A scrapbook is a time-capsule of visual memories and a portfolio presents a body of artistic or professional work. Combining the two lets you use your imagination to create a book that invites readers into your life through your hobbies. When deciding on scrapbook page ideas and titles for the portfolio, think about the formal or informal message you want to communicate to the person flipping through the pages.
Create a portfolio scrapbook that showcases work with a personal flair. If you want a more professional look, design clean and simple pages that guide a reader to the work and not the page design. Incorporate bold, black borders around photographs or written documents. If you are creating a photography portfolio, consider matting the pictures with a bevelled-edge mat board to place in the book. If you'd rather make a fun and and colourful book, choose coloured pages. Add small details--like sequins, glitter, stickers, pressed flowers, stamps or written notes-- to draw a reader to look at each detail.
Find the overarching theme of the book. Some scrapbook makers like to choose the title before assembling the book, which helps inform how they piece together their design and the work inside. Others prefer to wait until they finish the book to choose a title so they can look over the work and see a recurring theme or sentiment.
If you are building a portfolio of family vacation memories, consider using a quote as a title, a sweet or funny thing someone said about the trip or to a family member. Or, choose one destination or memory from the trip that symbolised your experience together such as "Searching for Sand Dollars" or "Reaching Home" or a similar thematic summation.
Add actual objects and pieces of objects into the scrapbook. The scrapbook model, unlike a normal portfolio, asks that you place real objects imbued with significance and memory into the book. For example, if you are creating a portfolio of high school memories, tell the story through notes you and your friends shared with each other. Place the written notes into the book like you would in a photo album.
If you are creating a book to crystallise a tropical vacation you went on with a partner, add some of the shells or sand from the beach into the book. Cover each page, like you would a photo album, with a plastic adhesive sheet so all the objects stay inside. Or, create pockets of materials. Place envelopes or a small paper or plastic pouch in the album. A reader looking through the book can open up a pocket and discover the hidden contents.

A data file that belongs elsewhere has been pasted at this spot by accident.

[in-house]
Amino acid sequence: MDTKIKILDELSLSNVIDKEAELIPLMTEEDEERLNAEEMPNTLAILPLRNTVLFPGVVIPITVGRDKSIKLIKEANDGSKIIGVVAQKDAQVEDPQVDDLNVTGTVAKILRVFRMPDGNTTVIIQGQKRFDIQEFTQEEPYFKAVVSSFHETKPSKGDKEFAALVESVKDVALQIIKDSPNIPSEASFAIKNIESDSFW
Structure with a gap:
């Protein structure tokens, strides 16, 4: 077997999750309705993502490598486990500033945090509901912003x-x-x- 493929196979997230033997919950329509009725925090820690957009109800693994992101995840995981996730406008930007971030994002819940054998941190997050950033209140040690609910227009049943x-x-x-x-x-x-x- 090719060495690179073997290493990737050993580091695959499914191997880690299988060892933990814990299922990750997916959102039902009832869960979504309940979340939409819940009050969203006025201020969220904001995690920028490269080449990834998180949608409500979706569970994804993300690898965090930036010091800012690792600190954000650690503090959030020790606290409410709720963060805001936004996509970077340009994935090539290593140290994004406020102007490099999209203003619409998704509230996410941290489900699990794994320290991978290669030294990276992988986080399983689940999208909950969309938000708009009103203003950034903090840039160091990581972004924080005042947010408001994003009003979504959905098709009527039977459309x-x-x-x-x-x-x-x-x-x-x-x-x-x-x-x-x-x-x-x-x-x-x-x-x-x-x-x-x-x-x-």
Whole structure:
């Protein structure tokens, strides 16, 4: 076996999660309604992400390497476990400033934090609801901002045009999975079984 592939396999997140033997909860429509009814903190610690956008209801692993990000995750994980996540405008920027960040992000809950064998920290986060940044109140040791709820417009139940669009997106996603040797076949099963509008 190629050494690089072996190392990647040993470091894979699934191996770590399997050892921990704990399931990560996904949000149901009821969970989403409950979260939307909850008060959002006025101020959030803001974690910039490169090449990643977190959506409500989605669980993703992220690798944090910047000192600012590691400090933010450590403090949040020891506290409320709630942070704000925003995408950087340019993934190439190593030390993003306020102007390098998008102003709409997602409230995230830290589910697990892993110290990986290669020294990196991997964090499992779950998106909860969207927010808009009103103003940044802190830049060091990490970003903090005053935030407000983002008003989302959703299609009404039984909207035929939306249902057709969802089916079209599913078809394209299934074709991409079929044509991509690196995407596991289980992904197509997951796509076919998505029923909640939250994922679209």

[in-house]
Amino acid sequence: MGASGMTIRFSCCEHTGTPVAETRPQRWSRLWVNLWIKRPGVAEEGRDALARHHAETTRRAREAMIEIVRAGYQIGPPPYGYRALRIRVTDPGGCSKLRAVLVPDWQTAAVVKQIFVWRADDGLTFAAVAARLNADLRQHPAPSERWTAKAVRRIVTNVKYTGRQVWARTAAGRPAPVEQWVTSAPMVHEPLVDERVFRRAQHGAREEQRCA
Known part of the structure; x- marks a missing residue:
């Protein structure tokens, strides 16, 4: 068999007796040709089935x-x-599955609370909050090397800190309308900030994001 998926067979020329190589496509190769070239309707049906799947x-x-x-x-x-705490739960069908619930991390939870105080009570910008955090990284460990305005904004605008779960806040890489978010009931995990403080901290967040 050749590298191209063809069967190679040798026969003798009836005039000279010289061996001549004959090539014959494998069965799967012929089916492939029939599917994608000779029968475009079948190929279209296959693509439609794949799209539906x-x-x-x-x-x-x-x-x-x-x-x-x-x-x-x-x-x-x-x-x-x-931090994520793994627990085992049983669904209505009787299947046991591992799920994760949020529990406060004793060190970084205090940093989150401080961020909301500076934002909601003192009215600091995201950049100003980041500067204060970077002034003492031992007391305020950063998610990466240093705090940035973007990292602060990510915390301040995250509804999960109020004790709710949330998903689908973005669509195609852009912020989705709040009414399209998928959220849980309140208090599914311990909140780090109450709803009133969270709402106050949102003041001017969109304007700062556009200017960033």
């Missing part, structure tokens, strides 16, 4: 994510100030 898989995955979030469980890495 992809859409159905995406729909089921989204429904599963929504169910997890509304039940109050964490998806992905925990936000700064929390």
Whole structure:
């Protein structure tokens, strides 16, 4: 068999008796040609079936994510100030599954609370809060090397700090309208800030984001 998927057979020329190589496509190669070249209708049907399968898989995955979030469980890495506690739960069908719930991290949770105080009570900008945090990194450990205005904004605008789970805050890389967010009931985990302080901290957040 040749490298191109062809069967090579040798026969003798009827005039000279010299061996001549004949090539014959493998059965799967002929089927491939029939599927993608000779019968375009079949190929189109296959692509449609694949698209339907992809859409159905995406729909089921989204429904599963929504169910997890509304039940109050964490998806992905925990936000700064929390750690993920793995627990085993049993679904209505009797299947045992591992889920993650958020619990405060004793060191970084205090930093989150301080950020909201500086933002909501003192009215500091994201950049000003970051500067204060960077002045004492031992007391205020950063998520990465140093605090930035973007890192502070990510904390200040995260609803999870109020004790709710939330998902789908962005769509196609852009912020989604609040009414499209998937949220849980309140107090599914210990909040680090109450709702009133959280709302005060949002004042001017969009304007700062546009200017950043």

Tell a story through pictures. Choose to add descriptions of the photographs or let them speak for themselves. Dedicate an entire page to especially significant or well-shot photographs. For smaller photographs or group pictures, place four or five photographs on a single page. Scatter the amount of photographs throughout the book so that a reader can concentrate on one photo and then move to a group of photographs. Consider adding captions or word-bubbles to the photographs so a reader can "hear" a dialogue between subjects.
A few companies offer online digital scrapbook solutions. Smilebox is a photo service that offers scrapbook designs. Choose a template design and personalise the book with personal photos, notes and music that plays when a reader opens your book. Like an online greeting card, you can e-mail the digital scrapbook to friends and family and keep one for yourself. Add to the scrapbook when you take new photographs or when you want to add fresh pages of work or memories.
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